Genetic analysis may predict which sarcoma subtypes will respond to checkpoint inhibition, according to an article published in Cancer.1

Sarcoma, although ostensibly rare, are associated with a low median survival of about 12 to 18 months. The particular subtype and degree of genetic heterogeneity could predict whether immunotherapy via PD-1, PD-L1, or CTLA-4 inhibition would be effective for patients with sarcoma, a disease with “unique and diverse biologic features.”

For this study, researchers evaluated genetic expression among tumors from 81 patients with sarcoma; immunohistochemistry for PD-1/PD-L1 and T cell receptor V-beta gene sequencing were also performed.

The included sarcoma subtypes were liposarcoma (27), leiomyosarcoma (19), pleomorphic (20), and synovial sarcoma (15).

Undifferentiated pleomorphic sarcomas had the genetic expression most associated with T cell infiltration, as well as higher levels of PD-L1, PD-1, and T cell infiltration. Synovial sarcoma samples had the lowest T cell infiltration.

High T cell infiltration and clonality were directly linked to high PD-1/PD-L1 expression.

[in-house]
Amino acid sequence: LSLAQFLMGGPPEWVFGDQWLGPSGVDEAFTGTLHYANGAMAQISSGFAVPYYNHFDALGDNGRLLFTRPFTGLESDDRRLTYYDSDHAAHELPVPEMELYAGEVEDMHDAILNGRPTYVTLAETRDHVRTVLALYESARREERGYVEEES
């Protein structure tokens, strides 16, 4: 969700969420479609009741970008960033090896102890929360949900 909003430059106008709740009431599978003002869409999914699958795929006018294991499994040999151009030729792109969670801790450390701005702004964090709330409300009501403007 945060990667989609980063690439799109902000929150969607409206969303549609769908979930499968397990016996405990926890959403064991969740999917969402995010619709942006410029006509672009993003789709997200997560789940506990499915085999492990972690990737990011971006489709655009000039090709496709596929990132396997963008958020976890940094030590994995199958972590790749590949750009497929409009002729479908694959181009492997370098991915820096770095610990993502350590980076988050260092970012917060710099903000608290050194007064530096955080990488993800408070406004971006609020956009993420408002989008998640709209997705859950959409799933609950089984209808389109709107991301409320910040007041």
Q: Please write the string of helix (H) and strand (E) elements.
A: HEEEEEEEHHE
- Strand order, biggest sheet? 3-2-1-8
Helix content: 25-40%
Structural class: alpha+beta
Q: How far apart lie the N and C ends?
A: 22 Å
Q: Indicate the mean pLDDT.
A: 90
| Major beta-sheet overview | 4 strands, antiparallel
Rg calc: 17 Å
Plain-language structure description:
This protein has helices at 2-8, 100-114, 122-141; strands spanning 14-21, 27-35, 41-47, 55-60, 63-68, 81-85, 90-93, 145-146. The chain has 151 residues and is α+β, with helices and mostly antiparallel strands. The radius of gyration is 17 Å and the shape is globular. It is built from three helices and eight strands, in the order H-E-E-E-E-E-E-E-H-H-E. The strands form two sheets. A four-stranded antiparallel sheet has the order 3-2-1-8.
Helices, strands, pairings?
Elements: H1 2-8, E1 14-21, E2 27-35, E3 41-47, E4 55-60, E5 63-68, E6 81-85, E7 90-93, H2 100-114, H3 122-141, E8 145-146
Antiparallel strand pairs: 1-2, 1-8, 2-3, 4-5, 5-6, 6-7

The authors noted that “inflamed” sarcomas — due to chemotherapy, radiotherapy, or others factors — may be more likely to respond to checkpoint inhibition.

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They concluded that immune profiling may effective guide immunotherapy-based treatment in this disease setting. Clinical trials evaluating for genetic expression among sarcomas to guide checkpoint inhibition are warranted.

Reference

  1. Pollack SM, He Q, Yearley JH, et al. T-cell infiltration and clonality correlate with programmed cell death protein 1 and programmed death-ligand 1 expression in patients with soft tissue sarcomas. Cancer. 2017 May 2. doi: 10.1002/cncr.30726 [Epub ahead of print]